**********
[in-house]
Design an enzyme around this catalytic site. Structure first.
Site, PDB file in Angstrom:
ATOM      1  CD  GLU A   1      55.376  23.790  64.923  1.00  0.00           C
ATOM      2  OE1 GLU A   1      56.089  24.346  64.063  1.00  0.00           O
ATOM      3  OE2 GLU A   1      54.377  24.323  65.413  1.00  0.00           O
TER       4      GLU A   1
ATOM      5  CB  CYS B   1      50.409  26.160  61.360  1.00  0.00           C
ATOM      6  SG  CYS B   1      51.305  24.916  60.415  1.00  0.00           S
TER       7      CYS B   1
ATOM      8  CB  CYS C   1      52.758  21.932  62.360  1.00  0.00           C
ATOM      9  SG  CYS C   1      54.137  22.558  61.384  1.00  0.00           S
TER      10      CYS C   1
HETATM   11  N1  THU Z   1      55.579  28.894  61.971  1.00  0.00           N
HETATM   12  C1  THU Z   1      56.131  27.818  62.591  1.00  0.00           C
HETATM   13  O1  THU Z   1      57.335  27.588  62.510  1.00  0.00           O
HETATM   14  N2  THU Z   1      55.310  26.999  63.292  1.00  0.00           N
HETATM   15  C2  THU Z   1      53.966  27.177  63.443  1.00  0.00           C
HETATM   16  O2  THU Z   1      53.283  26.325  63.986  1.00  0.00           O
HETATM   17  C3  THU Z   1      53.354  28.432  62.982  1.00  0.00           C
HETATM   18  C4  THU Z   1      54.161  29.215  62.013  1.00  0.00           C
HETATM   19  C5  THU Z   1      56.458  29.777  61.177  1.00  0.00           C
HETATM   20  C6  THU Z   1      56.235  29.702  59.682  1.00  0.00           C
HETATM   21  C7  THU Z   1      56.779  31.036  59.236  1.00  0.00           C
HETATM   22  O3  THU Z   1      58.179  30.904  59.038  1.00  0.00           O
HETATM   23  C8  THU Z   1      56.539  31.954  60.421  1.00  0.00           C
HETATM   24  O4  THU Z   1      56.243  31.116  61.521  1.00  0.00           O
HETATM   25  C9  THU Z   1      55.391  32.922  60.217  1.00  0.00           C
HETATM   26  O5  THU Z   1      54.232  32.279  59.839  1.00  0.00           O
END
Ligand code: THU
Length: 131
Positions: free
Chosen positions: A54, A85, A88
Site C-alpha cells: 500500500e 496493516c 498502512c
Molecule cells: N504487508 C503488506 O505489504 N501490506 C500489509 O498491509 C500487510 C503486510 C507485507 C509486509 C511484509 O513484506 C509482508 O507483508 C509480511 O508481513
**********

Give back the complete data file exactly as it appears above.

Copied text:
[in-house]
Design an enzyme around this catalytic site. Structure first.
Site, PDB file in Angstrom:
ATOM      1  CD  GLU A   1      55.376  23.790  64.923  1.00  0.00           C
ATOM      2  OE1 GLU A   1      56.089  24.346  64.063  1.00  0.00           O
ATOM      3  OE2 GLU A   1      54.377  24.323  65.413  1.00  0.00           O
TER       4      GLU A   1
ATOM      5  CB  CYS B   1      50.409  26.160  61.360  1.00  0.00           C
ATOM      6  SG  CYS B   1      51.305  24.916  60.415  1.00  0.00           S
TER       7      CYS B   1
ATOM      8  CB  CYS C   1      52.758  21.932  62.360  1.00  0.00           C
ATOM      9  SG  CYS C   1      54.137  22.558  61.384  1.00  0.00           S
TER      10      CYS C   1
HETATM   11  N1  THU Z   1      55.579  28.894  61.971  1.00  0.00           N
HETATM   12  C1  THU Z   1      56.131  27.818  62.591  1.00  0.00           C
HETATM   13  O1  THU Z   1      57.335  27.588  62.510  1.00  0.00           O
HETATM   14  N2  THU Z   1      55.310  26.999  63.292  1.00  0.00           N
HETATM   15  C2  THU Z   1      53.966  27.177  63.443  1.00  0.00           C
HETATM   16  O2  THU Z   1      53.283  26.325  63.986  1.00  0.00           O
HETATM   17  C3  THU Z   1      53.354  28.432  62.982  1.00  0.00           C
HETATM   18  C4  THU Z   1      54.161  29.215  62.013  1.00  0.00           C
HETATM   19  C5  THU Z   1      56.458  29.777  61.177  1.00  0.00           C
HETATM   20  C6  THU Z   1      56.235  29.702  59.682  1.00  0.00           C
HETATM   21  C7  THU Z   1      56.779  31.036  59.236  1.00  0.00           C
HETATM   22  O3  THU Z   1      58.179  30.904  59.038  1.00  0.00           O
HETATM   23  C8  THU Z   1      56.539  31.954  60.421  1.00  0.00           C
HETATM   24  O4  THU Z   1      56.243  31.116  61.521  1.00  0.00           O
HETATM   25  C9  THU Z   1      55.391  32.922  60.217  1.00  0.00           C
HETATM   26  O5  THU Z   1      54.232  32.279  59.839  1.00  0.00           O
END
Ligand code: THU
Length: 131
Positions: free
Chosen positions: A54, A85, A88
Site C-alpha cells: 500500500e 496493516c 498502512c
Molecule cells: N504487508 C503488506 O505489504 N501490506 C500489509 O498491509 C500487510 C503486510 C507485507 C509486509 C511484509 O513484506 C509482508 O507483508 C509480511 O508481513